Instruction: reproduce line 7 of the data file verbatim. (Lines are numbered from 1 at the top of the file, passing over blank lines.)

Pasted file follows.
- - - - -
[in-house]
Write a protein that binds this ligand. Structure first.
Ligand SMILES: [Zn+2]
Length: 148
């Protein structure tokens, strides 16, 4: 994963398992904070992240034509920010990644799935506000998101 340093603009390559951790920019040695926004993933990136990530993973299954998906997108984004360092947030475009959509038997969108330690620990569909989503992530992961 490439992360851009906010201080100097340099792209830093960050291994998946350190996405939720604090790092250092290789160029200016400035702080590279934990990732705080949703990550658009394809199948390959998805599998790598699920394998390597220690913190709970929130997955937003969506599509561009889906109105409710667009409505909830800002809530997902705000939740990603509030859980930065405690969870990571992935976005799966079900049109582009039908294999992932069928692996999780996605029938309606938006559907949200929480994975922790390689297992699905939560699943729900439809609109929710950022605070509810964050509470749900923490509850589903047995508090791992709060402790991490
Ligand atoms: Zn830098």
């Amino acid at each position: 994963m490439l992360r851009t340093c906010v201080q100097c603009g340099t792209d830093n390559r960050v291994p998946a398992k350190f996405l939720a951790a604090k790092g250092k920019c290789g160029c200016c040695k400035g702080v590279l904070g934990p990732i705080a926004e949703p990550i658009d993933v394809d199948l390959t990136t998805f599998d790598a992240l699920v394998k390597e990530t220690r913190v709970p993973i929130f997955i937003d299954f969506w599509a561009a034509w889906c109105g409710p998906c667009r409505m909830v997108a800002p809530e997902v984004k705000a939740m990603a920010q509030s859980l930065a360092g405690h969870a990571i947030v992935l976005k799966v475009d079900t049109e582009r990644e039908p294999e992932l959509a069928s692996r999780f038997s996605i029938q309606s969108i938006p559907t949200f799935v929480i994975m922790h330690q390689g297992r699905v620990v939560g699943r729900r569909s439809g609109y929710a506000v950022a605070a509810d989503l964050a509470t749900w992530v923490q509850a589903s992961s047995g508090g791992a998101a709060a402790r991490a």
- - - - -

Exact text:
């Amino acid at each position: 994963m490439l992360r851009t340093c906010v201080q100097c603009g340099t792209d830093n390559r960050v291994p998946a398992k350190f996405l939720a951790a604090k790092g250092k920019c290789g160029c200016c040695k400035g702080v590279l904070g934990p990732i705080a926004e949703p990550i658009d993933v394809d199948l390959t990136t998805f599998d790598a992240l699920v394998k390597e990530t220690r913190v709970p993973i929130f997955i937003d299954f969506w599509a561009a034509w889906c109105g409710p998906c667009r409505m909830v997108a800002p809530e997902v984004k705000a939740m990603a920010q509030s859980l930065a360092g405690h969870a990571i947030v992935l976005k799966v475009d079900t049109e582009r990644e039908p294999e992932l959509a069928s692996r999780f038997s996605i029938q309606s969108i938006p559907t949200f799935v929480i994975m922790h330690q390689g297992r699905v620990v939560g699943r729900r569909s439809g609109y929710a506000v950022a605070a509810d989503l964050a509470t749900w992530v923490q509850a589903s992961s047995g508090g791992a998101a709060a402790r991490a």